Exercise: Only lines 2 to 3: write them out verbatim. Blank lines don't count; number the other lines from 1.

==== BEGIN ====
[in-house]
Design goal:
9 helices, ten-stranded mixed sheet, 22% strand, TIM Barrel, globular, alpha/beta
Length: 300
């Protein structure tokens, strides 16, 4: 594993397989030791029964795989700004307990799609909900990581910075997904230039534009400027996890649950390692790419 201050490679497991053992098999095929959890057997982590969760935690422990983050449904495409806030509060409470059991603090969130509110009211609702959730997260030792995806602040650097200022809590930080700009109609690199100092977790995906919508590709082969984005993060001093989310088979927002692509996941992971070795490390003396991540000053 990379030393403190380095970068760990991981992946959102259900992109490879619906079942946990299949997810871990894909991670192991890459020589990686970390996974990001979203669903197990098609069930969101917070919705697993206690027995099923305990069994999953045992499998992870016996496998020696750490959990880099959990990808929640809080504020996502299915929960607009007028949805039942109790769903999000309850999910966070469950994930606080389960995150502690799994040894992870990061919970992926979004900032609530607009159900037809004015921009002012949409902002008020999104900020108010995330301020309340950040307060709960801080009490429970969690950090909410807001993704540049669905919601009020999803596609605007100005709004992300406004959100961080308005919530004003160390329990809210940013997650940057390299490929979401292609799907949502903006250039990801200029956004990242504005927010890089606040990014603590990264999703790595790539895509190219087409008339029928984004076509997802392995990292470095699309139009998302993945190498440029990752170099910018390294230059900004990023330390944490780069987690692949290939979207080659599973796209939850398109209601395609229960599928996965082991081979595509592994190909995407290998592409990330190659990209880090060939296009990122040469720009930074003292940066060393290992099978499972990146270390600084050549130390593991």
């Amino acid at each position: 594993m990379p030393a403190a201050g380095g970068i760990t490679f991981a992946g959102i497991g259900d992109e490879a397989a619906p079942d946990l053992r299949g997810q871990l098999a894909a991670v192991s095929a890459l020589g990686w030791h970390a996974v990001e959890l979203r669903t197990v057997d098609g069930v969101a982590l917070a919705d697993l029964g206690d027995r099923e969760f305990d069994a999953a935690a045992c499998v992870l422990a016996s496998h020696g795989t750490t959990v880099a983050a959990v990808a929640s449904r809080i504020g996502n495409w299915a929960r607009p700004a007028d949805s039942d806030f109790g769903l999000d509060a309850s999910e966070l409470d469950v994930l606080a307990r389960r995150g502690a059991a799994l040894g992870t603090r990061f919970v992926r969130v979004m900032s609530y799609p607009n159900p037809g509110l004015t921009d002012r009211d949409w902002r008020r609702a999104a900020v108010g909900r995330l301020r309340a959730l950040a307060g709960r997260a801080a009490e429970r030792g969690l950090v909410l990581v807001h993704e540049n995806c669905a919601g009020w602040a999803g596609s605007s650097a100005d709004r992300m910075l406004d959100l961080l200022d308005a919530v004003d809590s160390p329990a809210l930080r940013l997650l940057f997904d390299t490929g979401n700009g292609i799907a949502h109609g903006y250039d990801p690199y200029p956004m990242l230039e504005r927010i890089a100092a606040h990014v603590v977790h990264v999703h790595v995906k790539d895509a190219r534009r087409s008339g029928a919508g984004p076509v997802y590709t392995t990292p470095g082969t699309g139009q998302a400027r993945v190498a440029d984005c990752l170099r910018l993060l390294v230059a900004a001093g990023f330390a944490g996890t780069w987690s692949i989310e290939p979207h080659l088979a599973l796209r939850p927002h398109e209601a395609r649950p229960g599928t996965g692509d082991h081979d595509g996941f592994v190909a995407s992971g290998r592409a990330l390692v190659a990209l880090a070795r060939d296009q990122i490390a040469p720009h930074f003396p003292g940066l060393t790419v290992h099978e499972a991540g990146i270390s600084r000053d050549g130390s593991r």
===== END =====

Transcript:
Design goal:
9 helices, ten-stranded mixed sheet, 22% strand, TIM Barrel, globular, alpha/beta